We’ve been interested in ecology and simple things we can do to make the world better for a long time. And with Logan’s love of all things creepy-crawly, it was easy to pull together a worm study, while doing a good thing for our yard. I try to instill a value of God’s creation in my kids. We do what we can to take care of the environment, even if it’s just our own backyard.

So, the kids and I decided to get dirty, and invite some new, wiggly friends to live with us.

Learning About Composting Worms

At our old house we had a large compost bin in the yard, and left the new owners piles of wonderful, rich compost to use in our old flower beds. This time, we decided to try our hand at vermicomposting instead of traditional composting because it takes less time to see results, and it’s much more fun {and meaningful} for the kids.

Originally, we’d planned to build a worm bin as it’s pretty easy to do {you can check out this post for a great step by step tutorial}, but in the end, we decided to buy a three-tray “Worm Factory” composter because we had an Amazon gift certificate and it was on sale… and the price was worth the saved time and the ease of waiting for the UPS man to deliver it to my door. {Sometimes, a mom has to do what’s easiest…}

 

We ordered our red wiggler composting worms from Amazon, too, and they arrived a few days before the Worm Factory. We took the wait time as an opportunity to observe the wrigglers in a big plastic jug. My preschooler loved watching them and declared the worms “super cute.”

Learning About Composting Worms

 

 

Once the Worm Factory came, the kids joined forces to put it together and put those little guys to work earning their keep.

It was a lot of fun to put the bedding and food together to give our worms a healthy home. The kids mushed dirt and ripped up newspaper together to achieve the right amount of moisture, and then added in a layer of vegetable scraps to give the worms some yummy food to munch.

We learned all about what the worms need to survive.

Learning About Composting Worms

 

In addition to our main worm bin, we pulled a few out to keep in a small container for a week or so. The kids want some time to observe them, handle them, and make scientific observations about the worms. They are recording their observations about the worms, their habits, and their needs in a little printable journal I created to help them organize their thinking. I left extra pages in the book so they could add in whatever they wanted to. My creative 7 year old is spinning a story about “The Wonder Worm,” while my artistic 5 year old is drawing picture after picture about her worm.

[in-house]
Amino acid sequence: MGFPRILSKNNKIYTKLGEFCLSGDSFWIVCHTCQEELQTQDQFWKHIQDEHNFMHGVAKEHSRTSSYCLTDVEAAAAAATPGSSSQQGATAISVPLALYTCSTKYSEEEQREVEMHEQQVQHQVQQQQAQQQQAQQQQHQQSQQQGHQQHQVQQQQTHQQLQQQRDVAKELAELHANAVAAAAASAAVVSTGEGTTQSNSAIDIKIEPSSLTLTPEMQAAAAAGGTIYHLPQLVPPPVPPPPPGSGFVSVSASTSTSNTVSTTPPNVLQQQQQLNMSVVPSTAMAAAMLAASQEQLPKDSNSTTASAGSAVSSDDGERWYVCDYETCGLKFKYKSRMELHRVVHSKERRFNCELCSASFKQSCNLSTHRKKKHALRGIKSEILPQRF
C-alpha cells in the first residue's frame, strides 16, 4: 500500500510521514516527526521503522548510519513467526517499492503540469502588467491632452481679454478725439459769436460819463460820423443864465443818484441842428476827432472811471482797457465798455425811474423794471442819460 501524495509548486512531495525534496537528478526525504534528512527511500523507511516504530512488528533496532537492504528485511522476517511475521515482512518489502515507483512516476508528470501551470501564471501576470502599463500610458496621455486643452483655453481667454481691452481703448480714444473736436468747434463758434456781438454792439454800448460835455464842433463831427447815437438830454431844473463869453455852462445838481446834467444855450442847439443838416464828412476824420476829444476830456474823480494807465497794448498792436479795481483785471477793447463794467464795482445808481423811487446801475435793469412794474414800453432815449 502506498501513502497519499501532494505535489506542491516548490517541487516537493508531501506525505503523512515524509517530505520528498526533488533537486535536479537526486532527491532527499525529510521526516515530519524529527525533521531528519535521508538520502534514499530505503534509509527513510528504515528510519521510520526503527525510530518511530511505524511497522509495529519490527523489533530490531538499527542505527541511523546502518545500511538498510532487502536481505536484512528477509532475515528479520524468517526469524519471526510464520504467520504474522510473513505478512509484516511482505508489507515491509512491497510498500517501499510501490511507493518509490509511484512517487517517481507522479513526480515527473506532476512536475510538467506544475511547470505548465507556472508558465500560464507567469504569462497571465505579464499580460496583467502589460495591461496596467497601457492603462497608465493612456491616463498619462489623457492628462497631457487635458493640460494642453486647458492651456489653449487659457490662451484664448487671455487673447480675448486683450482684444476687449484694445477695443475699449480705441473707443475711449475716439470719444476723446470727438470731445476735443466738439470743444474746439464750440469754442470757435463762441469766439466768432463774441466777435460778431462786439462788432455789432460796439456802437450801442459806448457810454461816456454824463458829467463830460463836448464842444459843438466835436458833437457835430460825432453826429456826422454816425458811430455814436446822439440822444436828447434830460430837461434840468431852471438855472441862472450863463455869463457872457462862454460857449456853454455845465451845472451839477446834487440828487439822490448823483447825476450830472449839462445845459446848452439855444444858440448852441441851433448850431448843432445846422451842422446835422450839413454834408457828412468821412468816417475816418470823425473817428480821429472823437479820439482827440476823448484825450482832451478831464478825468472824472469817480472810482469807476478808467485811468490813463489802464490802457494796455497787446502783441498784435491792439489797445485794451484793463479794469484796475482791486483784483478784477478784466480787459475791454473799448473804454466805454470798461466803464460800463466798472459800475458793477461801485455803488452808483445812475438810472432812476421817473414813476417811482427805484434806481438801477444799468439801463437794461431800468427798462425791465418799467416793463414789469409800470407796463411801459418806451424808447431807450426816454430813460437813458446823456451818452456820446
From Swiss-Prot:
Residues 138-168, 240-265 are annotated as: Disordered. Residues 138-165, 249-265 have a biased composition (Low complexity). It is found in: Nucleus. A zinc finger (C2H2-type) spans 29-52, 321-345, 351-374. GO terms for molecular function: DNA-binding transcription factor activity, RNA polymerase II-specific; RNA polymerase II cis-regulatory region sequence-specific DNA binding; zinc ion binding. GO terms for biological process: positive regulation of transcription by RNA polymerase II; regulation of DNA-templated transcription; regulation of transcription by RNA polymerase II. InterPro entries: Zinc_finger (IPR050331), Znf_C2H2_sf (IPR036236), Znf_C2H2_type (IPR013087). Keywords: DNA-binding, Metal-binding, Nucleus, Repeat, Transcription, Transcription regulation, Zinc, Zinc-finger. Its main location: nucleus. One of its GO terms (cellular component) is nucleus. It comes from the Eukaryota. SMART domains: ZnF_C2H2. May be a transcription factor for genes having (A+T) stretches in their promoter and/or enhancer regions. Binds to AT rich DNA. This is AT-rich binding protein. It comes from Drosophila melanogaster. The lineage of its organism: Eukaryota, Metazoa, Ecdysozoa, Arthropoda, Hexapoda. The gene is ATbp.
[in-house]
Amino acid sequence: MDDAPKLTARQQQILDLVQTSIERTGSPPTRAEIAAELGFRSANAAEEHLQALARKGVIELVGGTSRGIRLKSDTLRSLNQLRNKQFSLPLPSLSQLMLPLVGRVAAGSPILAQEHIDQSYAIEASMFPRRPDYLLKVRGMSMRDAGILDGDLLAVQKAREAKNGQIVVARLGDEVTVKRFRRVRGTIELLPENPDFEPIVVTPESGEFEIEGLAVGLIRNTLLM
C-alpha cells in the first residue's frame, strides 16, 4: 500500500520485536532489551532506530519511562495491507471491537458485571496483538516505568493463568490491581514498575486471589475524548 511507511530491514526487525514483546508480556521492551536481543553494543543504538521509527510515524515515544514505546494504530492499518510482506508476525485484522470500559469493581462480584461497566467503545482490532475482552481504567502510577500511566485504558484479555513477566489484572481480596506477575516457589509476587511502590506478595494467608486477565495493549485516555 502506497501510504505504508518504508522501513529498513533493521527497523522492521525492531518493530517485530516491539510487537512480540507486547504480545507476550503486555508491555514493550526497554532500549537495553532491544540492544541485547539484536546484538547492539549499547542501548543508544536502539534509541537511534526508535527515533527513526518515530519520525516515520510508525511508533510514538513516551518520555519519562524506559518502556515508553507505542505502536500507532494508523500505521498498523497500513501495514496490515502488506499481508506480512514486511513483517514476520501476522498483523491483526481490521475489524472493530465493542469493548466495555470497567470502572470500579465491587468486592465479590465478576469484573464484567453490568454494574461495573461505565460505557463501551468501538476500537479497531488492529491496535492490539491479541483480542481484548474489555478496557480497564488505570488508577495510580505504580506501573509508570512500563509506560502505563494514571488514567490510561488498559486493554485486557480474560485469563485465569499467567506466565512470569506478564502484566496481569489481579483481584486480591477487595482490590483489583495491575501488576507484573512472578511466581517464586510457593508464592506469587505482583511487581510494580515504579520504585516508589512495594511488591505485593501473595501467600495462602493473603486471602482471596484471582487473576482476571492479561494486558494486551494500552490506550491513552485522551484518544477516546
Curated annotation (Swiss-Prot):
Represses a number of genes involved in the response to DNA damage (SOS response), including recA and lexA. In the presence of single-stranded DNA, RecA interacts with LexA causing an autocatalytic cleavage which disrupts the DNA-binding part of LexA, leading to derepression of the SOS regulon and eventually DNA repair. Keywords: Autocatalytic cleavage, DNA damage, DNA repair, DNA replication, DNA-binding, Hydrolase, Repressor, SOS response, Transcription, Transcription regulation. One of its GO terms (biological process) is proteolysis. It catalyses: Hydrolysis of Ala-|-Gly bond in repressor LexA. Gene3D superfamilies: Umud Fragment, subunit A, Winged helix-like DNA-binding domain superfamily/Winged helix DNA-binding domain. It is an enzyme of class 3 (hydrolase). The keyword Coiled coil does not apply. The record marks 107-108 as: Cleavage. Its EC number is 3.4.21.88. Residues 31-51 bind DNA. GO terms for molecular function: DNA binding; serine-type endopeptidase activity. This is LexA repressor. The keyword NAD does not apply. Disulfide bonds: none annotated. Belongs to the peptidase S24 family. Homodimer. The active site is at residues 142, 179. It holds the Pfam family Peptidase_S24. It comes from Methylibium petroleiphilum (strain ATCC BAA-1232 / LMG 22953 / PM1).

It looks like we’ll have creepy-crawly worms in our kitchen for awhile…

If you want to observe worms with your little one, you can download and print a copy of our journal for free. Enjoy!

Free Printable Worm Journal via www.RaisingLifelongLearners.com

For more great creepy-crawly fun, check out some of the other great posts by the #playfulpreschool team:

 

Creepy Crawly Playful Preschool Weekly Lesson Plan

Beginning Sounds: Hunting for Creepy Crawlies by Mom Inspired Life

Preschool Songs: I’m a Hungry Spider by Growing Book by Book

The Creepy Crawlies Kingdom by Learning 2 Walk

Number Word Spider by Tiny Tots Adventures

Creepy Crawly Slime Recipe for Kids by Fun-A-Day!

Spider Web Construction – An Engineering Activity by Rainy Day Mumm

Insects and Spiders-Counting and Math Song by Capri + 3

Creepy Crawly Gifts Kids Can Make by The Educators’ Spin On It

Making Creepy Crawly Crafts with Leaves by Life Over C’s


Colleen Kessler

Colleen is an explorer, tinkerer, educator, writer, creator, and a passionate advocate for the needs of gifted and twice-exceptional children. She has a B.S. in elementary education, a M.Ed. in gifted studies, is a sought-after national speaker and educational consultant, and is the founder of the popular blog and podcast Raising Lifelong Learners, as well as Raising Poppies, a community of support for parents of gifted children. She lives in northeast Ohio with her four bright and quirky kiddos, patient husband, and ever-changing collection of small reptiles, mammals, and insects.

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